I’ve also been working with a singular type of paper recently. I wish there were reasons for that, but the closest I have to a reason is that I can’t be bothered to disturb the cat by moving the supply box around to get my other bristol board. I know it’s in there. Somewhere. I’m starting to warm to cartridge paper, too. It tells all the best stories and keeps me warm on cold winter nights.

Been shuffling pencils around as well. Indulging in the pleasures of HB rather than my usual choice of B. No real reason for that, either. Just that it feels natural at times to select certain pencils over others. Almost as if I’ve gained some fundamental insight into how I approach things and what would be best to use, based on situation, instead of experience, to provide the best possible result at the time. It’s also fun experimenting with different materials from time to time. It’s surprising how something as simple as switching a pencil can drastically change the presentation of the finished piece. I’m still smitten with 2B*, too. (*The pencil not the android.)

Have a nice week, all!

Moggie

Art, design, and the like found herein (unless otherwise specified) is drawn and owned by David Wilkshire (also credited as Moggie) from 2006 to present date.

Hollows, Bonfires, the Elite Knight set, Estus Flasks, and all associated trademarks and devices are owned by FROMSOFTWARE.

Pug Life

I didn’t choose it- it chose me.

Here’s a digital painting that I’ve been working on recently. Which, because I’m writing this post, will never be finished. Or at least that’s what the general trend with my digital painting efforts would lead me to believe. That said, it’s not as a result of writing posts that digital paintings are likely to never be finished- it’s instead that because the painting is likely to never be finished that I decide to draft the post. If nothing else it allows me to use some of these attempts in a constructive way that’s conducive to further progression.

However, I’m still hopeful that this piece will be finished at some point.

I can’t say when that point will be and whether it’s in the immediate future or not. I’ve reached that (commonly arrived at) moment where I’m not sure how best to continue with this particular piece. It’s reasonably obvious that the next stages would be in painting the beige and cream fur on their face, it’s not as obvious, however, how I would go about doing that.

Which is another event I’ve identified as a quite common occurrence with my digital painting attempts. Each has their own moment where I suffer from my inexperience and am unable to move forward in a way that I feel represents the overall quality until that moment, thereby reducing the likelihood it will be finished and further adding to the innumerable list of abandoned pieces. Many of which were highlighted in Multiple Attempts. Again, that post exists for the sole reason of giving a visual indicator of the state of many of the previously mentioned digital paintings. In a way further reinforcing the point I’m making here, as, without some indicator of progression, it could be hard to understand the dissatisfaction (for lack of a better word) I have for them.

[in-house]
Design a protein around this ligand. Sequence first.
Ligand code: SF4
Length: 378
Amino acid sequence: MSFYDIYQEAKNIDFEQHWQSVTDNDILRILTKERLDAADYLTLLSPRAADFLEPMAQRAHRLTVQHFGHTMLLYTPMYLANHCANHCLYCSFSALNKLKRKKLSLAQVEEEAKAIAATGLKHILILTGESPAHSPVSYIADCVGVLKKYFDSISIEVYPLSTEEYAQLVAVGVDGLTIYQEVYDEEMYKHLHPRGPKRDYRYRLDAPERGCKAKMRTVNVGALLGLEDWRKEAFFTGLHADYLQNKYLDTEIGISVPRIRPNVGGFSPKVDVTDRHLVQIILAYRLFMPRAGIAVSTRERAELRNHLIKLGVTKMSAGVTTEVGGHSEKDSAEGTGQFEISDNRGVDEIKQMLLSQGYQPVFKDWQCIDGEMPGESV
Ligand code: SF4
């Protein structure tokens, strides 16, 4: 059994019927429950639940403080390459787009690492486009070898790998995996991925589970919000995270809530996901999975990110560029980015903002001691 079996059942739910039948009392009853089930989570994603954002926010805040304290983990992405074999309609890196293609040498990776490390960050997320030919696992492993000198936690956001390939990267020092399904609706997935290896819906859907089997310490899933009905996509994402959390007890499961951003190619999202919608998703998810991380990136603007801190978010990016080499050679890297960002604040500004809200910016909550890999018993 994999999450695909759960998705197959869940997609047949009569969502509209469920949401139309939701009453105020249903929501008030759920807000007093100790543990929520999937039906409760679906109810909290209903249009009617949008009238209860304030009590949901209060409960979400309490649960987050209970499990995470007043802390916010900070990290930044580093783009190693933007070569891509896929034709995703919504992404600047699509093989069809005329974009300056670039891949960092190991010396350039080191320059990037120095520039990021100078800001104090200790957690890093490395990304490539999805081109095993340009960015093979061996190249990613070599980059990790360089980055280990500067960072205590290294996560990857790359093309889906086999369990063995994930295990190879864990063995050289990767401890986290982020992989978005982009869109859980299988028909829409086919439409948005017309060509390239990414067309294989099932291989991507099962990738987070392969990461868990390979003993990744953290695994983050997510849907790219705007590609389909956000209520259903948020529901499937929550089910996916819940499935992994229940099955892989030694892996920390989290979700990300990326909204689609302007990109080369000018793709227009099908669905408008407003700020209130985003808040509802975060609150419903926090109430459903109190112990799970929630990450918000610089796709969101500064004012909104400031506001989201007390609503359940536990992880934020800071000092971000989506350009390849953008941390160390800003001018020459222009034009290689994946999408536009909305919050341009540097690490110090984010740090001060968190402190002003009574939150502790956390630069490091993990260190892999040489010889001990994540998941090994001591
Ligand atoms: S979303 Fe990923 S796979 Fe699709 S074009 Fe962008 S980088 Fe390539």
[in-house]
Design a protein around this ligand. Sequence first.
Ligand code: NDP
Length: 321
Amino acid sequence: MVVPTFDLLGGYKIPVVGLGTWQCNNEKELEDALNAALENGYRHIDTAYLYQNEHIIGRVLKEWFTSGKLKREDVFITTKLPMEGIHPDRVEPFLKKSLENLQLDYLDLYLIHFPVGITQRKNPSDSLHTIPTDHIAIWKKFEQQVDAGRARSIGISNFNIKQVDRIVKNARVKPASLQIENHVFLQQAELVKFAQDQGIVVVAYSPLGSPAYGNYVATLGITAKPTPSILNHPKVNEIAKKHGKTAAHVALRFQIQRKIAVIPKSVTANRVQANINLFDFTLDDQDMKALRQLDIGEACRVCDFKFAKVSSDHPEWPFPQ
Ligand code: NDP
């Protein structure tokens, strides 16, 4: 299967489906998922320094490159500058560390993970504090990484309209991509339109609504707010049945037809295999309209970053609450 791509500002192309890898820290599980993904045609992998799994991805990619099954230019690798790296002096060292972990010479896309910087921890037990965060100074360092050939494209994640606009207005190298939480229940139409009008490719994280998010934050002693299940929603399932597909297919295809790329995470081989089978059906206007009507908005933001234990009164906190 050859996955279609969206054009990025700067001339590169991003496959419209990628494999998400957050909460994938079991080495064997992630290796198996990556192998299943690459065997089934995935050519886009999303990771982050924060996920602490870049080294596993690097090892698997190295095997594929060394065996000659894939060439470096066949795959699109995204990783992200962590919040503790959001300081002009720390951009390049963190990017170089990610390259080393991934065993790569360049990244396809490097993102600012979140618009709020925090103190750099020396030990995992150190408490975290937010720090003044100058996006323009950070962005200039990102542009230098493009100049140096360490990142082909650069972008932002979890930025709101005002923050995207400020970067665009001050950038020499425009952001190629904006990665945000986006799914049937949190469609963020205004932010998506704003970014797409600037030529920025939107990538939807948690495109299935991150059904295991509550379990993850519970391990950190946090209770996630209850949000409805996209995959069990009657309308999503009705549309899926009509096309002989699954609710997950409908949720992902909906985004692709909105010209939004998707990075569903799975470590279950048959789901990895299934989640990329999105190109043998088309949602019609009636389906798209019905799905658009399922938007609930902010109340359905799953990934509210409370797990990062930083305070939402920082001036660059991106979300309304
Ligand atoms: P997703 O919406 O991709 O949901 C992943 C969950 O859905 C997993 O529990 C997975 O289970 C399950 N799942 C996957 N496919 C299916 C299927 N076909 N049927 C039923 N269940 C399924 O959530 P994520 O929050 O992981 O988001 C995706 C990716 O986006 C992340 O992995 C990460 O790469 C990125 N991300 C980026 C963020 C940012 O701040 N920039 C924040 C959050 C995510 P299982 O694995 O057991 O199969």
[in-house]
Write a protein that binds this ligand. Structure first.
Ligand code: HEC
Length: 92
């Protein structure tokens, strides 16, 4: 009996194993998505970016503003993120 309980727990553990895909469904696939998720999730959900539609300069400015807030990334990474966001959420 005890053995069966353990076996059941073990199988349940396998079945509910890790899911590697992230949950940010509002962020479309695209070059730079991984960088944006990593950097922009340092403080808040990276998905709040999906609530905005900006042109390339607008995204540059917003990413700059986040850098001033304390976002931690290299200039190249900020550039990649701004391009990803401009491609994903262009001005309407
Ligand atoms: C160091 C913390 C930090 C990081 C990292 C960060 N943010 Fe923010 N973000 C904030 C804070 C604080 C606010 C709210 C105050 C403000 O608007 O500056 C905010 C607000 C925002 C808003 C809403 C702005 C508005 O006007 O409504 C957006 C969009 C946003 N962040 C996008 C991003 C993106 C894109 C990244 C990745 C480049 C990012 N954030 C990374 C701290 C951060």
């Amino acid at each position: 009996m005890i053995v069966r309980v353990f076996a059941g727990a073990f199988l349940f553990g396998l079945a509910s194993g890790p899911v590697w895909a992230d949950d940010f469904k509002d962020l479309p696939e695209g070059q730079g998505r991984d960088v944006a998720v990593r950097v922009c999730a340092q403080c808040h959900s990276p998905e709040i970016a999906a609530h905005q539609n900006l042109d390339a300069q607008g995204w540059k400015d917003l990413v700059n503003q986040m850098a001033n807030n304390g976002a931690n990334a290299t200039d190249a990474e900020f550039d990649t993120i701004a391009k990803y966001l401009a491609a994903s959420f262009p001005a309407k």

Fluffiness rising.

Fluffiness rising.

I also realise that digital painting has been a topic that I’ve returned to several times. Each time I’ve had a different opinion, a different approach, and a different way to solve the various issues as I perceive them to be at the time. I don’t disagree with anything I’ve said, either. This is (as I see it) part of the creative progression process. Exploring different options, using different approaches, exploring new materials, and understanding the results of those decisions are all important components in getting the results you want.

Not that I have been getting the results I want.

Then again, I have started to notice that as I’ve worked on this piece I’ve slowly begun to understand more about how all of the different pieces of digital painting come together. Most notably I’ve noticed many improvements by working with a larger canvas. I usually work with something reasonably large- but it would seem that bigger is better in this case.

I’m also starting to piece together a consistent illustrative style which isn’t too realistic but acts as a decent foundation for further improvement. Whether I’d like to move towards realism, towards coloured lined pieces, or towards something in the middle I’ve not decided yet. But I do find myself feeling more comfortable with digital painting. I’ve also felt my general brush/pen control has improved. Again, in comparison to traditional pieces, this process is accelerated to a significant degree, as I’ve been working with these digital paintings for just over a year. Which is why I’m not entirely disappointed in the results, as I’m aware that it will take significantly more time and investment before I’m seeing the results that (at the moment) seem almost unobtainable.

Have a nice week, all!

Moggie

Art, design, and the like found herein (unless otherwise specified) is drawn and owned by David Wilkshire (also credited as Moggie) from 2006 to present date.